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Improving Scottish Wildlife Trust Reserves
Start date: Oct 5, 2015, End date: Feb 4, 2017 PROJECT  FINISHED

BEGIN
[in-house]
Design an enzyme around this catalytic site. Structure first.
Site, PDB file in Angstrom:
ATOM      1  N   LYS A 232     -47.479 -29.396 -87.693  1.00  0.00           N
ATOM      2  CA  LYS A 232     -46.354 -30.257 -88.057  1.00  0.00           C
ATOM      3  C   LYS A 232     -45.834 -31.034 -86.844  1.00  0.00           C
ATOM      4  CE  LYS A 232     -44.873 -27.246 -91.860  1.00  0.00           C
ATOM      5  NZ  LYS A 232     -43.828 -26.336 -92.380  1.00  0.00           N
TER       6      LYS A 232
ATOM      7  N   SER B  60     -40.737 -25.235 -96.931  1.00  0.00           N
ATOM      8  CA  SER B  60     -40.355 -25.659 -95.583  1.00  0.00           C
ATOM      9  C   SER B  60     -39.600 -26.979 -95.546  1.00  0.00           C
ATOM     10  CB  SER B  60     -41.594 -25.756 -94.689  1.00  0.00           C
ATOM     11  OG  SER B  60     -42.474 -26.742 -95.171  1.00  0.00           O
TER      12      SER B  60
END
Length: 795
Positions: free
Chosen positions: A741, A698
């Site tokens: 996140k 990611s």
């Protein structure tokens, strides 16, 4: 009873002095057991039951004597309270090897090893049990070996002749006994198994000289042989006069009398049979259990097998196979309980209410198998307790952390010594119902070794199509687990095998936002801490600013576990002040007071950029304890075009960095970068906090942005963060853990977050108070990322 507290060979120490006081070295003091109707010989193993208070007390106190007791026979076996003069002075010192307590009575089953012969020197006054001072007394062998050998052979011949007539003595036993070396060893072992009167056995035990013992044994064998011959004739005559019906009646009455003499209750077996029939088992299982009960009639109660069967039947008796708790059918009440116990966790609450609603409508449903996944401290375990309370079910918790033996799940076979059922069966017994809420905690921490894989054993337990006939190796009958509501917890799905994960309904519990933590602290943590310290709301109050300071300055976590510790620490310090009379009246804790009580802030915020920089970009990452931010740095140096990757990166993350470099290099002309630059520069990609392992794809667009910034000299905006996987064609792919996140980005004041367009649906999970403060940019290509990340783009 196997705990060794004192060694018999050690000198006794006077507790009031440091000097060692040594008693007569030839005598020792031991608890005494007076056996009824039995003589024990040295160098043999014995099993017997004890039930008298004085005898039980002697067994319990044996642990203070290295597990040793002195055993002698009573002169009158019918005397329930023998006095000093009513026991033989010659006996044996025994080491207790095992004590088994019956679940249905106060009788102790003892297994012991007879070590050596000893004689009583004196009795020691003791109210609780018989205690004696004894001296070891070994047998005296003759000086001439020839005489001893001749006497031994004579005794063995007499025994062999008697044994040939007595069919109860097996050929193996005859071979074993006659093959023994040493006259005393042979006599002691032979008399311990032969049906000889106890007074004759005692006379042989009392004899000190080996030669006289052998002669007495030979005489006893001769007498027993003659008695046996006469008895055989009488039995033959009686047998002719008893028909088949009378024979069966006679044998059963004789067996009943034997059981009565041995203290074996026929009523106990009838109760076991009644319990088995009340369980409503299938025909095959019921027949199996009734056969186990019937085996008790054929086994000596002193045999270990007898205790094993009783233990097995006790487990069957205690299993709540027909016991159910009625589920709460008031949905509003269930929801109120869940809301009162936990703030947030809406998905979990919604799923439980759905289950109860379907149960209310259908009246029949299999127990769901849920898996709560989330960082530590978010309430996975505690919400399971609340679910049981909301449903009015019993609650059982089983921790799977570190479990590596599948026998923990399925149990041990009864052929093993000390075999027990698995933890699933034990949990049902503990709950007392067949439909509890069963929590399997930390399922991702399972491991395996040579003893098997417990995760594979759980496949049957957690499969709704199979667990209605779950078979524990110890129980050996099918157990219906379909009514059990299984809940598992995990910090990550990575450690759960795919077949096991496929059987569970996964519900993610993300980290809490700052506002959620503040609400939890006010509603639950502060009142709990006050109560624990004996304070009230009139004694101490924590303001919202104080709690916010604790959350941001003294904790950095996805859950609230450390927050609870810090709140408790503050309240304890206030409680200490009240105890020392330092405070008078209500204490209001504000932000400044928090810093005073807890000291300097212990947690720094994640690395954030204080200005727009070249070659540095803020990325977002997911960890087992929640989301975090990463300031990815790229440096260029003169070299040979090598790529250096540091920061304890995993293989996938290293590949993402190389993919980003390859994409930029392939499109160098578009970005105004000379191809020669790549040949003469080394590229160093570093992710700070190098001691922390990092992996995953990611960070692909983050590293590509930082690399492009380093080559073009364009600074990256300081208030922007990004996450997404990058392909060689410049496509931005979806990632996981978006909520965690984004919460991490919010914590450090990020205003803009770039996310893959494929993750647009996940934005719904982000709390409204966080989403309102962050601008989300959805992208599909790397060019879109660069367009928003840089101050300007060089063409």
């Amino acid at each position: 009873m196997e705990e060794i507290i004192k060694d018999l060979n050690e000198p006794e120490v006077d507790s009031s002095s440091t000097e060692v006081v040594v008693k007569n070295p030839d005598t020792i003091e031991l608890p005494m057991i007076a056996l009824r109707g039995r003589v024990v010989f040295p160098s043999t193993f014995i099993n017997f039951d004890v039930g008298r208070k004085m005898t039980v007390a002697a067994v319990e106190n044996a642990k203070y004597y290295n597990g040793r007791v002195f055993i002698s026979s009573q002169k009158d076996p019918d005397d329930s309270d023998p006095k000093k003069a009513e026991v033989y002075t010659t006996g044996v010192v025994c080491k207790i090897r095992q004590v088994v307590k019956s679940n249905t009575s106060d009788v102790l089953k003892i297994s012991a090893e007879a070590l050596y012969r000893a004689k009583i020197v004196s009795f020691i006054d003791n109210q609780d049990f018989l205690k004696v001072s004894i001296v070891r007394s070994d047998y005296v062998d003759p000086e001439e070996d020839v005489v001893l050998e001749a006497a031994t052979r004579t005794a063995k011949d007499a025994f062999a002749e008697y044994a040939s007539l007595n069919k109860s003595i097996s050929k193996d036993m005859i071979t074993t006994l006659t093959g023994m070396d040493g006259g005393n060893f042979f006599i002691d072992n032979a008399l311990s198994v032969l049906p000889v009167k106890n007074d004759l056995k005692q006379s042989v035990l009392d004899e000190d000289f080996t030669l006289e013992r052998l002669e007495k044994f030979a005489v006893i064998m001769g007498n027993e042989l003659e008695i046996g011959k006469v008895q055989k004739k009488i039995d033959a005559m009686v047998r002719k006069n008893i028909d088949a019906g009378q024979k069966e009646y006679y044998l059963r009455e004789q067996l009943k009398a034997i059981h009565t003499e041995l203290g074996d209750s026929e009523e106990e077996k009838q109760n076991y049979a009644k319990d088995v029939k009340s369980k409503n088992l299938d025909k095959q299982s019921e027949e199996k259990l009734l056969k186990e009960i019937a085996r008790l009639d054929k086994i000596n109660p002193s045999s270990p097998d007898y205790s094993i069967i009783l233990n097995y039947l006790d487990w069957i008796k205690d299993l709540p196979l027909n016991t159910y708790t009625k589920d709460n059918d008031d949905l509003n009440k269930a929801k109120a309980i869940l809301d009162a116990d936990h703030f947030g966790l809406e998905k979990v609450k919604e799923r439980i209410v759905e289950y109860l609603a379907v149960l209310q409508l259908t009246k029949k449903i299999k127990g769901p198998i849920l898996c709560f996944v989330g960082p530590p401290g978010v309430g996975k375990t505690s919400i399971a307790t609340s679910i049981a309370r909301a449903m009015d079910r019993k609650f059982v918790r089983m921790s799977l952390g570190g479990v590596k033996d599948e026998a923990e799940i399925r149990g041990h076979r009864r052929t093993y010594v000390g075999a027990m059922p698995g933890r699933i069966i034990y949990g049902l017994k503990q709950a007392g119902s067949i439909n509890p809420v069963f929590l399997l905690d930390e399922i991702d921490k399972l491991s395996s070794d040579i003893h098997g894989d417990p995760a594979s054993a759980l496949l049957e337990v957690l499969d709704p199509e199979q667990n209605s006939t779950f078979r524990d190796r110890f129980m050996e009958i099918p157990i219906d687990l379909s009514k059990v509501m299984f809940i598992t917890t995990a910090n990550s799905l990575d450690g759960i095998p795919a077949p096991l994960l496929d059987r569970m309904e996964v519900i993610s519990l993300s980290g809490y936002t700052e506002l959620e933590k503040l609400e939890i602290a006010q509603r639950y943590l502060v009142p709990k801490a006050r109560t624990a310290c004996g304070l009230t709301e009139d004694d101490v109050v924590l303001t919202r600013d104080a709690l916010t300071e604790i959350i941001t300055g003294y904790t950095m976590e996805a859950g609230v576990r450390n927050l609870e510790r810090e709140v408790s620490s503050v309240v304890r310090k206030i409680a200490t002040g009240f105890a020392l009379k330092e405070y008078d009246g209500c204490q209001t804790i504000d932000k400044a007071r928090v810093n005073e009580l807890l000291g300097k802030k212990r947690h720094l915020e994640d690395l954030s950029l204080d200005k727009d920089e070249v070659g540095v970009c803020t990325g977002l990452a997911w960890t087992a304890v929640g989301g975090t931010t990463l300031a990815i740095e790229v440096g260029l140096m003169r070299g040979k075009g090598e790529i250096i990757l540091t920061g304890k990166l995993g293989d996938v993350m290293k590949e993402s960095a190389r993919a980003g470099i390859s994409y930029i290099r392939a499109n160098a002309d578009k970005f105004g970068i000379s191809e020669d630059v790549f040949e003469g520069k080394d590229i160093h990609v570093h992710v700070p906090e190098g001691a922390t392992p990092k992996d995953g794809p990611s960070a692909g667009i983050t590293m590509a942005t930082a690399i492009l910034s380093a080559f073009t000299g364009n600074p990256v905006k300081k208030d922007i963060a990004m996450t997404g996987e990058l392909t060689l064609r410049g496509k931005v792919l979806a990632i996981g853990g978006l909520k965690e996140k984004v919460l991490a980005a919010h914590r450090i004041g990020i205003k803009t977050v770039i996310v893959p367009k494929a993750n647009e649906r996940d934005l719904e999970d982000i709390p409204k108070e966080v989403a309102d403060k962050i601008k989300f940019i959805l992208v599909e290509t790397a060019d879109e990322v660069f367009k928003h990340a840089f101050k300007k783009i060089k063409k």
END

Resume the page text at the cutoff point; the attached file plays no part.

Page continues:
The Scottish Wildlife Trust owns or manages over 120 nature reserves in Scotland. Our network of regionally based Reserve Project Officers, in conjunction with locally based volunteers undertake all practical conservation work on these sites, keeping them well managed and great places for wildlife. We have a number of reserve improvements planned and wish to combine our expertise in providing employability skills (work experience, knowledge and training) with our desire to work with more quality EVS volunteers who could help us deliver these improvements. We feel this would be a perfect opportunity to meet the needs of both Scottish Wildlife Trust and the volunteer. The objectives of our new project are to work with EVS volunteers in 2 areas (North East & South West Scotland) and to focus on improving a number of reserves for the medium to long term. We aim to make volunteers much more employable by providing 12 month placements with varied work experience and training and we aim to offer a quality, enjoyable experience for volunteers. We have selected 7 quality, motivated EVS volunteers (4 male & 3 female) from 5 countries, mostly from Southern Europe, all of whom are prepared to dedicate 12 months abroad in order to learn and find work, ideally in conservation. We will place 5 volunteers with our North East project and 2 with our South West project. Our activities will be: Planned improvement projects involve peatland restoration, grassland management, woodland planting/regeneration and woodland improvement on 7 of our nature reserves. These projects would allow us to deliver real conservation results on our nature reserves. For example, particular attention is currently placed on the carbon benefits of restoring peat bogs by removing scrub and installing plastic dams. By keeping the water levels high peat bogs continue to absorb carbon dioxide. We believe that our EVS volunteers can help us achieve these aims and therefore gain tremendous job satisfaction. Smaller scale reserve maintenance tasks, designed to ensure our reserves are maintained in good species health and kept safe for visitors would take place on our remaining 23 reserves; such tasks would be keeping footpaths clear, ensuring gates, stiles, boundaries and footpaths stiles are operational and safe. Each volunteer will be allocated a personal project on which they will work during their year. We have a number of potential projects to offer which would add a major extra dimension to the volunteers' learning. Volunteers will also be encouraged to take other opportunities on offer, such as residential trips on our Highland reserves. This will help provide a much broader experience. We will make all necessary pre-placement arrangements including making a formal agreement with sending organisations and arranging accommodation for volunteers. Our qualified and experienced staff and mentors will provide a well supported, friendly and relaxed working environment, ideal for the learning and consolidation of new skills. We will provide all instruction, supervision, tools, equipment and transport to our work sites. We will give all volunteers an induction and keep our volunteers safe throughout the placement. All our activities are insured. We will offer time for review of progress, reflection on Youthpass activities and feedback on work delivered. There are a number of tangible benefits to this project: by recruiting volunteers for 12 months they have the time to gain a huge amount of knowledge about the conservation world over the 4 seasons, receive training, gain new skills and be much more employable whilst the Scottish Wildlife Trust can use well motivated quality volunteers to improve its network of reserves. The continuity provided by having this number of long term volunteers will allow us to achieve results not normally possible with our usual occasional volunteers. Our EVS volunteers will be high profile and we would advertise their work through our members' magazine, our website, through the wider Wildlife Trust’s network and other local networks. Our group of volunteers is particularly well motivated, hungry for the chance to improve their prospects and of sufficient quality that they can take full advantage of the learning opportunities we can provide. We are confident that their quality combined with our collective conservation and project management experience will produce a successful project for all and enable us to action our reserve improvement projects.

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